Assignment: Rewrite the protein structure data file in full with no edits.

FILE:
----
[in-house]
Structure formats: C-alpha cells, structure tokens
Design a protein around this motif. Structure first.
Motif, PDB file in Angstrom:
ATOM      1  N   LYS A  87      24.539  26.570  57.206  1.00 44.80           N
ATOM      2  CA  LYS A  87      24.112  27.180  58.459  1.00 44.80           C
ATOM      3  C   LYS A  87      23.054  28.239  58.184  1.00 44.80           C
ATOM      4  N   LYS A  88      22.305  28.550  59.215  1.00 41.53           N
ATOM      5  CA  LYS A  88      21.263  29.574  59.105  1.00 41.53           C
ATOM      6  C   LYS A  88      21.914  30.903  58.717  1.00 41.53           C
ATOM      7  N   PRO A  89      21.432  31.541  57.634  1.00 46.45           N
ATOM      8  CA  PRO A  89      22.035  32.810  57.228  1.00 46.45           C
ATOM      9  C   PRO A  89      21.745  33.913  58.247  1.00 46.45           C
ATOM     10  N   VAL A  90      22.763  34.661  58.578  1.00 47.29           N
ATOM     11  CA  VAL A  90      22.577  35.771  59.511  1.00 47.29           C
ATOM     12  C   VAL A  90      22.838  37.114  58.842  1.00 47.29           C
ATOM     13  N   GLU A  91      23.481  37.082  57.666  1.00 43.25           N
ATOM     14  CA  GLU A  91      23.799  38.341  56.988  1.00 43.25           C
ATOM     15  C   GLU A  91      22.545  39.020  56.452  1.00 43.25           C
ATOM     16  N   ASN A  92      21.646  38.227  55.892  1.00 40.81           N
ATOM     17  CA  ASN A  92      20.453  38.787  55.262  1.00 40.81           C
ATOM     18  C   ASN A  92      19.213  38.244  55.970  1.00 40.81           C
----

[in-house]
Structure formats: C-alpha cells, structure tokens
Design a protein around this motif. Structure first.
Motif, PDB file in Angstrom:
ATOM      1  N   LYS A  87      24.539  26.570  57.206  1.00 44.80           N
ATOM      2  CA  LYS A  87      24.112  27.180  58.459  1.00 44.80           C
ATOM      3  C   LYS A  87      23.054  28.239  58.184  1.00 44.80           C
ATOM      4  N   LYS A  88      22.305  28.550  59.215  1.00 41.53           N
ATOM      5  CA  LYS A  88      21.263  29.574  59.105  1.00 41.53           C
ATOM      6  C   LYS A  88      21.914  30.903  58.717  1.00 41.53           C
ATOM      7  N   PRO A  89      21.432  31.541  57.634  1.00 46.45           N
ATOM      8  CA  PRO A  89      22.035  32.810  57.228  1.00 46.45           C
ATOM      9  C   PRO A  89      21.745  33.913  58.247  1.00 46.45           C
ATOM     10  N   VAL A  90      22.763  34.661  58.578  1.00 47.29           N
ATOM     11  CA  VAL A  90      22.577  35.771  59.511  1.00 47.29           C
ATOM     12  C   VAL A  90      22.838  37.114  58.842  1.00 47.29           C
ATOM     13  N   GLU A  91      23.481  37.082  57.666  1.00 43.25           N
ATOM     14  CA  GLU A  91      23.799  38.341  56.988  1.00 43.25           C
ATOM     15  C   GLU A  91      22.545  39.020  56.452  1.00 43.25           C
ATOM     16  N   ASN A  92      21.646  38.227  55.892  1.00 40.81           N
ATOM     17  CA  ASN A  92      20.453  38.787  55.262  1.00 40.81           C
ATOM     18  C   ASN A  92      19.213  38.244  55.970  1.00 40.81           C